“All jokes aside, the crowds in Perth were the best crowds we ever had, without any doubt. I don’t know why we resonated there more than anywhere else, but Jesus, we had some good times.”

Every time I’ve brought up the full scope of his philanthropic work – not only his job with the Jesuit Social Services, working with disabled and underprivileged kids, but also going to Timor and helping out poor villages over there, mentoring two former child soldiers from Sudan, and more – he deflects humbly, instead asking how my health is, and seeming genuinely happy that, physically at least, for the most part I’m pretty good at 50 – perhaps because I never smoked or indulged in anything stronger than too much booze.

“Good on you… I certainly drank more than I took hard drugs,” he confesses, “but stupidly – it’s really hard justifying this to yourself in hospital when you’re lying there – I did hard drugs because my mates, we were all pissed, and they were doing heroin, and I went, ‘oh, give us a go’. Twice, I did it, seriously, and that was enough to get Hep C. That was the downfall of me, but you mention working for the Jesuits and doing stuff for people in need… I really do feel an obligation to repay life.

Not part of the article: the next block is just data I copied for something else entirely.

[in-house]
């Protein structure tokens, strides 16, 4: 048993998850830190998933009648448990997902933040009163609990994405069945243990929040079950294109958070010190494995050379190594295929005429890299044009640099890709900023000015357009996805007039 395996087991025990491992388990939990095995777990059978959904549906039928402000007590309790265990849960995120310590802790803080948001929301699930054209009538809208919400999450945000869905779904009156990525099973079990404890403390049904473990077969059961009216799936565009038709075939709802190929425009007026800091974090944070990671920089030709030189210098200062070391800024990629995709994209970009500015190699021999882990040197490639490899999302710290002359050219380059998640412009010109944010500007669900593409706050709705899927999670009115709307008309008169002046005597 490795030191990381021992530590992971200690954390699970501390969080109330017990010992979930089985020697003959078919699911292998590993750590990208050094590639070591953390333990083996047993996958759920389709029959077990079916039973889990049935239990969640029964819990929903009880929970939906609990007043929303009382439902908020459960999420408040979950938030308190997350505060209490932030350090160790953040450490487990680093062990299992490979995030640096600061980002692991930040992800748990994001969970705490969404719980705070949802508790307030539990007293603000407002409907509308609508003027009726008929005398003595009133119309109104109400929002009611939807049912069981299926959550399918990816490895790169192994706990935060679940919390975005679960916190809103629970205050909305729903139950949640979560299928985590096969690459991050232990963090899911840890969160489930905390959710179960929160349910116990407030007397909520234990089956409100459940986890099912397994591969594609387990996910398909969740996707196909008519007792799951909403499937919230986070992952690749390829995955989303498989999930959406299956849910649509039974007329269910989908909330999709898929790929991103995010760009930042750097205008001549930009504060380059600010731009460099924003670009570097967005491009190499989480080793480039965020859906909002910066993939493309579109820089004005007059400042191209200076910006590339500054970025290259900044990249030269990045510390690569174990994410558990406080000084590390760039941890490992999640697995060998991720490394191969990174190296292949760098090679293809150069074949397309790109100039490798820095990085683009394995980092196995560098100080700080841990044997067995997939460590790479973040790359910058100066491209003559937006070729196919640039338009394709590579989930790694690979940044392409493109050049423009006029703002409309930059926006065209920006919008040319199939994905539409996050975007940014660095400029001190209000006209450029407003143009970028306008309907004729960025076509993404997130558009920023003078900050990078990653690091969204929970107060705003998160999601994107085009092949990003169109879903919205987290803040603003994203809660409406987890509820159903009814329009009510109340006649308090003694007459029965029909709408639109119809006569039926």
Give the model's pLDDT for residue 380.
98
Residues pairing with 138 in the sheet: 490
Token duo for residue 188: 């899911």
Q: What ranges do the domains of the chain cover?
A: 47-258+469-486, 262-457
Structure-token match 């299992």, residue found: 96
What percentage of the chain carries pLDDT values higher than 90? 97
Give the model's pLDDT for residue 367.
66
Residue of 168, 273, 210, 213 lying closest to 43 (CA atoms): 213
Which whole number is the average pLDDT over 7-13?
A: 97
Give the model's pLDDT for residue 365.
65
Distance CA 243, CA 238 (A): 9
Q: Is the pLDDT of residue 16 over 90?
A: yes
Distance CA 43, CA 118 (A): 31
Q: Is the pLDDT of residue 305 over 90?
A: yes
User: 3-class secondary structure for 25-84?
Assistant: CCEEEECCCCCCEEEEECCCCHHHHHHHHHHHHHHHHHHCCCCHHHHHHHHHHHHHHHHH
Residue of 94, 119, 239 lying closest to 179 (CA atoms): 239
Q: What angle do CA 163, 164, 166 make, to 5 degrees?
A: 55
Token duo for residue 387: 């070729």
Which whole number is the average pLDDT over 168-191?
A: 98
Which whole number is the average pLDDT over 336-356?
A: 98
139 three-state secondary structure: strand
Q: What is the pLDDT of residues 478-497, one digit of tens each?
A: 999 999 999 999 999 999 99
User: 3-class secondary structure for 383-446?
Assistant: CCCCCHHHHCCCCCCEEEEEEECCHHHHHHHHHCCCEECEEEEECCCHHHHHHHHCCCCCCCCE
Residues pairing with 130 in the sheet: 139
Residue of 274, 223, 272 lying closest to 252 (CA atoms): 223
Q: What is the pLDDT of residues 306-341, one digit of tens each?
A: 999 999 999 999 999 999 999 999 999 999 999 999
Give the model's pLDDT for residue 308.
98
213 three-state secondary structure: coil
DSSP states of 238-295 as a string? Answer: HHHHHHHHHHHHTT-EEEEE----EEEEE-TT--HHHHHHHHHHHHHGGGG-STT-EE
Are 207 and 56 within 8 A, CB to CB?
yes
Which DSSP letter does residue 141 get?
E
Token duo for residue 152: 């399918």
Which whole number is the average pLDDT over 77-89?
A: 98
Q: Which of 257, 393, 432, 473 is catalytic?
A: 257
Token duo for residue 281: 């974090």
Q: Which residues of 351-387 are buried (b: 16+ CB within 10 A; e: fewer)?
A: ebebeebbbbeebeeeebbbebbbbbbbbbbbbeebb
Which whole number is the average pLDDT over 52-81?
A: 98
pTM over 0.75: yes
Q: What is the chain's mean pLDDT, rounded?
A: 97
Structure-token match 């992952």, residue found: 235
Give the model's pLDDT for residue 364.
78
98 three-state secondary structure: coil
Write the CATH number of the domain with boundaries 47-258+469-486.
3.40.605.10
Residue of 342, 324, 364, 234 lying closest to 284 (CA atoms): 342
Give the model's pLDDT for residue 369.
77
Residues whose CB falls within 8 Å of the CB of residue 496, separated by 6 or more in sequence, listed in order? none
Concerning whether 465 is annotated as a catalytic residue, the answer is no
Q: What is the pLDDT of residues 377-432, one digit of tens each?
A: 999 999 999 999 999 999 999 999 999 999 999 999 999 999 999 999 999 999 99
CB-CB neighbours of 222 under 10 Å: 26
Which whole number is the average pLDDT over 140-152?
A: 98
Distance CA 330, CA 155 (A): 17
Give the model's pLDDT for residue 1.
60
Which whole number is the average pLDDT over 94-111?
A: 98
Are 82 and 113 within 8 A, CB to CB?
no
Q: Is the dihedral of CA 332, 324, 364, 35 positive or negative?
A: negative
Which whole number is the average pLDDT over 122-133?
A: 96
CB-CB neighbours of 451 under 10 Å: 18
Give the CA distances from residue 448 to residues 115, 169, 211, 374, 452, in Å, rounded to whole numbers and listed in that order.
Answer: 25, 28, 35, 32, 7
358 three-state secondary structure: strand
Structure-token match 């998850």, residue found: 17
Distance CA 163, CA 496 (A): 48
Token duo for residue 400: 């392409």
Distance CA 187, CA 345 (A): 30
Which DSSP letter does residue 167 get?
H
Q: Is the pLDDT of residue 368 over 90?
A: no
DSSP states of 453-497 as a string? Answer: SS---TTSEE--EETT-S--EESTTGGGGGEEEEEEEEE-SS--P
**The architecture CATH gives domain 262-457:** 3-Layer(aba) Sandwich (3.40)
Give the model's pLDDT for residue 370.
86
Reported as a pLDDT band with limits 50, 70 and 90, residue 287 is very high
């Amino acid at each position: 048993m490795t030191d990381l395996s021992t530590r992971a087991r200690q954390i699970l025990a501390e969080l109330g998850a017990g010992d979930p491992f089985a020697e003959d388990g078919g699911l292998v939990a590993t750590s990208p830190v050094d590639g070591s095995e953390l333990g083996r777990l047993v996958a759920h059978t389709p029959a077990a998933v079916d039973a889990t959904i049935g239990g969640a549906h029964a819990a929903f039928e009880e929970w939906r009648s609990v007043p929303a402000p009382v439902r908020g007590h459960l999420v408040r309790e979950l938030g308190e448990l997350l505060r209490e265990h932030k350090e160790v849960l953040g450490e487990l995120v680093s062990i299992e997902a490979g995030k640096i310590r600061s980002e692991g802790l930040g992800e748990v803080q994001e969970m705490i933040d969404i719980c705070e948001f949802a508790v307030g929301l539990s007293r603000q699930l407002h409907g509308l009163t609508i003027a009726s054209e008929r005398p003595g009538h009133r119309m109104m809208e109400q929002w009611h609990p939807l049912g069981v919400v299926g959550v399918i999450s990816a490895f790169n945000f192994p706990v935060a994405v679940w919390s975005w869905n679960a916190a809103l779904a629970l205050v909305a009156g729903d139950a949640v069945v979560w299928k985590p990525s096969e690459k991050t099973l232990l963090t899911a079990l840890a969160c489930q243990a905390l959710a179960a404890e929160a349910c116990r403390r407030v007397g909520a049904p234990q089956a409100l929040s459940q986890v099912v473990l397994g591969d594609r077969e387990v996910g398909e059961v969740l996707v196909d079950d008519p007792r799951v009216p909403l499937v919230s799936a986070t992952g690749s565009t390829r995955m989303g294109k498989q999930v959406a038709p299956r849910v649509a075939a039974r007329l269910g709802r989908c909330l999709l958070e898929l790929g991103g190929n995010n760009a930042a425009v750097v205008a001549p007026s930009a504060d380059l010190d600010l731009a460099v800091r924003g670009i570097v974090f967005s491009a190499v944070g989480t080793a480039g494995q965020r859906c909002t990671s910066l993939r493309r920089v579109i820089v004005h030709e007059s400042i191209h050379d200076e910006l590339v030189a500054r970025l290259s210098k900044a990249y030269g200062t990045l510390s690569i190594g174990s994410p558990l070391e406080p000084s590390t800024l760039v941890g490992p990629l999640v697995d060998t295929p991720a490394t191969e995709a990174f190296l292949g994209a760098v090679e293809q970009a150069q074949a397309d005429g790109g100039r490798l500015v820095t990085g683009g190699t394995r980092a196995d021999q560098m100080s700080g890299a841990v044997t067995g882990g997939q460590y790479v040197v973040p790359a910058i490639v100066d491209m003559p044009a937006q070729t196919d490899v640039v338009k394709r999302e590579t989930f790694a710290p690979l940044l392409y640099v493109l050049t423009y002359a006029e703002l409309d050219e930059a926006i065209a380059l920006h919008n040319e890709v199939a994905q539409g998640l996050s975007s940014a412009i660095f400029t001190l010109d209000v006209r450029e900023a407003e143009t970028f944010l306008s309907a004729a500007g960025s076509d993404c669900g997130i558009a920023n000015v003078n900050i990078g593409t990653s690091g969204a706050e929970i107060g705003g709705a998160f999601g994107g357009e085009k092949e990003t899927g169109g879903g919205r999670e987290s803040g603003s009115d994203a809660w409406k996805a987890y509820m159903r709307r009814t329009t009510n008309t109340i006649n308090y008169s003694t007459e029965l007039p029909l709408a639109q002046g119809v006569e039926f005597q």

“Basically, if it wasn’t for this unknown Australian – and I’m not allowed to know their name – if it wasn’t for somebody going, ‘well, fuck it, I’ll donate my organs’, you wouldn’t be talking to me now. It really hits home to me that it was some stranger’s generosity that’s kept me alive on the planet. So, if I can put a bit back in, then it seems like a fair turn of balance to me.”

Original bass player, Phil Nelson, tragically died of Crohn’s Disease 15 years ago, so that position is filled by Michael Badger – son of guitarist Colin, who has been with the band since the early ‘90s. Drummer since 1984 Colin Buckler remains too traumatised to tour after barely saving his family from devastating bushfires, when his house in the hills, “burnt to the ground around him, with him and his wife and little kid in it. They had to run to a creek bed with a wet blanket, and he said there were birds and koalas all coming up under the blanket.

“Then it was just, he said, the biggest sound he’d ever heard in his life for half-an-hour, and then when he got up it was like a Martian landscape. There was just nothing. So, he’s sort of coping with that.”